I have been trying to figure out how to get our Bladecenter blades to talk properly to the SAN controller. The SAN has two fibre-channel controllers, with two separate fibre paths to the data. I created a volume under SLES9 on one of the arrays, and put some data on it. When i transfer it from one SAN controller to the other, it moves back to the first controller when I access the disks under SLES9. This confuses me, and tells me that I may not have the multipathing driver for the Qlogic controller cards set up properly. Hmm..
We’ve got the IBM Bladecenter management stuff all configured. We had started out using the lab IP address scheme, and just selecting a bunch of addresses for the Bladecenter components, but then this morning on the way in to work, Stuart and I both had the same thought: Since we’re setting up all this stuff in the Bladecenter with the intent of rolling everything into production, we should be configuring it with the final IP address scheme instead of a temporary one. We discussed it and decided that it would be easier to reconfigure the lab to conform to the eventual IP scheme of the Bladecenter than the other way around.
Here’s me installing stuff on the Bladecenter from my iPod.
I spent this morning reconfiguring the lab firewall (which I buggered up and had to reconfigure), my two lab VMware servers, and my lab VMs and workstations. We also have one blade configured as a starting point in the Bladecenter to be used as an installation server for the rest of the blades. It’s coming along.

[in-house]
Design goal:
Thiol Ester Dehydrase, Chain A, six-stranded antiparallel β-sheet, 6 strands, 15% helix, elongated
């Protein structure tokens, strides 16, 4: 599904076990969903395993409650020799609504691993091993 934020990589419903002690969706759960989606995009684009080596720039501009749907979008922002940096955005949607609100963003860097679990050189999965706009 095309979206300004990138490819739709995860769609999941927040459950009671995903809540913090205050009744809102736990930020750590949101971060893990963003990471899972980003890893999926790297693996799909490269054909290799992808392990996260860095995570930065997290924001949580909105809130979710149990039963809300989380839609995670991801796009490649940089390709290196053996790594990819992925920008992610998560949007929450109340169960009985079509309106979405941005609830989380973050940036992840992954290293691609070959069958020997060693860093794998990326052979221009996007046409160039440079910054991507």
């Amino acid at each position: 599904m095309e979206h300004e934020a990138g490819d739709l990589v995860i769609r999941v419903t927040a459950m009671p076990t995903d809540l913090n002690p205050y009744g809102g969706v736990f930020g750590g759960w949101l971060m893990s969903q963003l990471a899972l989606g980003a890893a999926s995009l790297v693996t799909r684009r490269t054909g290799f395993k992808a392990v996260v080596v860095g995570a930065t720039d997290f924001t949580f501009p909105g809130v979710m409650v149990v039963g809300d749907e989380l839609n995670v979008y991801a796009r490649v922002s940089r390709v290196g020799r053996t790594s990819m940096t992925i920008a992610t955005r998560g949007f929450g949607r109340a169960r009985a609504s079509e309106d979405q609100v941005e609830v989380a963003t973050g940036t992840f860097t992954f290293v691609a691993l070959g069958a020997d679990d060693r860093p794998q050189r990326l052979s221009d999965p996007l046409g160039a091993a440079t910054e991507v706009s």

Today we get to celebrate the fact that we no longer have a Liberal government in Canada. The Conservative party has won the federal election, and will make up the next government. Unfortunately, it’s a Conservative minority government, which means the Liberals will be able to impede the work that the Conservatives try to do.
The biggest upside is that we’ve gotten rid of a morally bankrupt party as our government. The Liberals in power were corrupt and excelled only at making things financially sweet for themselves and their cronies. The wonder of the election to me is that many seats in the house of commons were retained by Liberal party members, especially in the big centres of Montreal, Toronto and Vancouver. Re-electing Liberal candidates after that corrupt, thieving bunch of criminals screwed us all over for the last 12 years was like saying “Thank you sir, may I have another” after being slapped in the face.
At least a lot of Westerners are feeling like their votes counted for something for the first time in a long time. I know I feel that way.
James and I assembled all the blades, adding memory, drives, cpus and fiber-channel controllers, on Wednesday. Yesterday James and Stuart assembled the storage arrays and hooked them up. This morning our 220 VAC power distribution units arrived and we were able to power up the BladeCenter. Yay!